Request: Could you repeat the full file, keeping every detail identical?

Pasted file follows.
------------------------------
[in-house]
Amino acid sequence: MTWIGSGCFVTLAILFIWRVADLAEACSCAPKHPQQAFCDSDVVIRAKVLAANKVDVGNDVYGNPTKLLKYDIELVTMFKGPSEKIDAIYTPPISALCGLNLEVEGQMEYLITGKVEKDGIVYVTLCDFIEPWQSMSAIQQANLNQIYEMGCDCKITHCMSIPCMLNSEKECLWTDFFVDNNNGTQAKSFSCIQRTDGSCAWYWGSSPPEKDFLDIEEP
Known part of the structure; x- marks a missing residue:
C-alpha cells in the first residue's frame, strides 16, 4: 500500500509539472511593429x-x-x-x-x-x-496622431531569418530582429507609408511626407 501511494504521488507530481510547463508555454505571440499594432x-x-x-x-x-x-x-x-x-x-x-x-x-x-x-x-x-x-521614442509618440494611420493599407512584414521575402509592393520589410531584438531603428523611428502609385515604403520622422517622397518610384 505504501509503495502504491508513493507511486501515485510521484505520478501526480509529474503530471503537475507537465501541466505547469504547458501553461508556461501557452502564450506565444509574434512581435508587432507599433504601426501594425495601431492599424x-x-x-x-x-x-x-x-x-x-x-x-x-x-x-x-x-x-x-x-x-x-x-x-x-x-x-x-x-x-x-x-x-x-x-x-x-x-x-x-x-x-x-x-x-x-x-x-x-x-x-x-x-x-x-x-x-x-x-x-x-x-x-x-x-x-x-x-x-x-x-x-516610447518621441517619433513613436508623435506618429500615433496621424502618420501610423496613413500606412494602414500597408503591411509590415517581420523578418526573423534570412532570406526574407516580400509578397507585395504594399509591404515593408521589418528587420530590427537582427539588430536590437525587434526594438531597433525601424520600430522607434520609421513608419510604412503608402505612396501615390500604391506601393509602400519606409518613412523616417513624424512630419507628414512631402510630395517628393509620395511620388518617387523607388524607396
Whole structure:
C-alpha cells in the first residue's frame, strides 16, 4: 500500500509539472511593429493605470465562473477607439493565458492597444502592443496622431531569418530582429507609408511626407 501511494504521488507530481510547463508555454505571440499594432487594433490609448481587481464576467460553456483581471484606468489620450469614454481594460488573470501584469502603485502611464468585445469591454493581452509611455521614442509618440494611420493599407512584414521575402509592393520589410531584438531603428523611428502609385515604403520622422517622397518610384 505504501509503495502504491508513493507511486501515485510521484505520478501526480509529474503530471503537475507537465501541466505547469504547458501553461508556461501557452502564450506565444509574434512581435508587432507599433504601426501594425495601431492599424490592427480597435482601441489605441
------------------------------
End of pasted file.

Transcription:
[in-house]
Amino acid sequence: MTWIGSGCFVTLAILFIWRVADLAEACSCAPKHPQQAFCDSDVVIRAKVLAANKVDVGNDVYGNPTKLLKYDIELVTMFKGPSEKIDAIYTPPISALCGLNLEVEGQMEYLITGKVEKDGIVYVTLCDFIEPWQSMSAIQQANLNQIYEMGCDCKITHCMSIPCMLNSEKECLWTDFFVDNNNGTQAKSFSCIQRTDGSCAWYWGSSPPEKDFLDIEEP
Known part of the structure; x- marks a missing residue:
C-alpha cells in the first residue's frame, strides 16, 4: 500500500509539472511593429x-x-x-x-x-x-496622431531569418530582429507609408511626407 501511494504521488507530481510547463508555454505571440499594432x-x-x-x-x-x-x-x-x-x-x-x-x-x-x-x-x-x-521614442509618440494611420493599407512584414521575402509592393520589410531584438531603428523611428502609385515604403520622422517622397518610384 505504501509503495502504491508513493507511486501515485510521484505520478501526480509529474503530471503537475507537465501541466505547469504547458501553461508556461501557452502564450506565444509574434512581435508587432507599433504601426501594425495601431492599424x-x-x-x-x-x-x-x-x-x-x-x-x-x-x-x-x-x-x-x-x-x-x-x-x-x-x-x-x-x-x-x-x-x-x-x-x-x-x-x-x-x-x-x-x-x-x-x-x-x-x-x-x-x-x-x-x-x-x-x-x-x-x-x-x-x-x-x-x-x-x-x-516610447518621441517619433513613436508623435506618429500615433496621424502618420501610423496613413500606412494602414500597408503591411509590415517581420523578418526573423534570412532570406526574407516580400509578397507585395504594399509591404515593408521589418528587420530590427537582427539588430536590437525587434526594438531597433525601424520600430522607434520609421513608419510604412503608402505612396501615390500604391506601393509602400519606409518613412523616417513624424512630419507628414512631402510630395517628393509620395511620388518617387523607388524607396
Whole structure:
C-alpha cells in the first residue's frame, strides 16, 4: 500500500509539472511593429493605470465562473477607439493565458492597444502592443496622431531569418530582429507609408511626407 501511494504521488507530481510547463508555454505571440499594432487594433490609448481587481464576467460553456483581471484606468489620450469614454481594460488573470501584469502603485502611464468585445469591454493581452509611455521614442509618440494611420493599407512584414521575402509592393520589410531584438531603428523611428502609385515604403520622422517622397518610384 505504501509503495502504491508513493507511486501515485510521484505520478501526480509529474503530471503537475507537465501541466505547469504547458501553461508556461501557452502564450506565444509574434512581435508587432507599433504601426501594425495601431492599424490592427480597435482601441489605441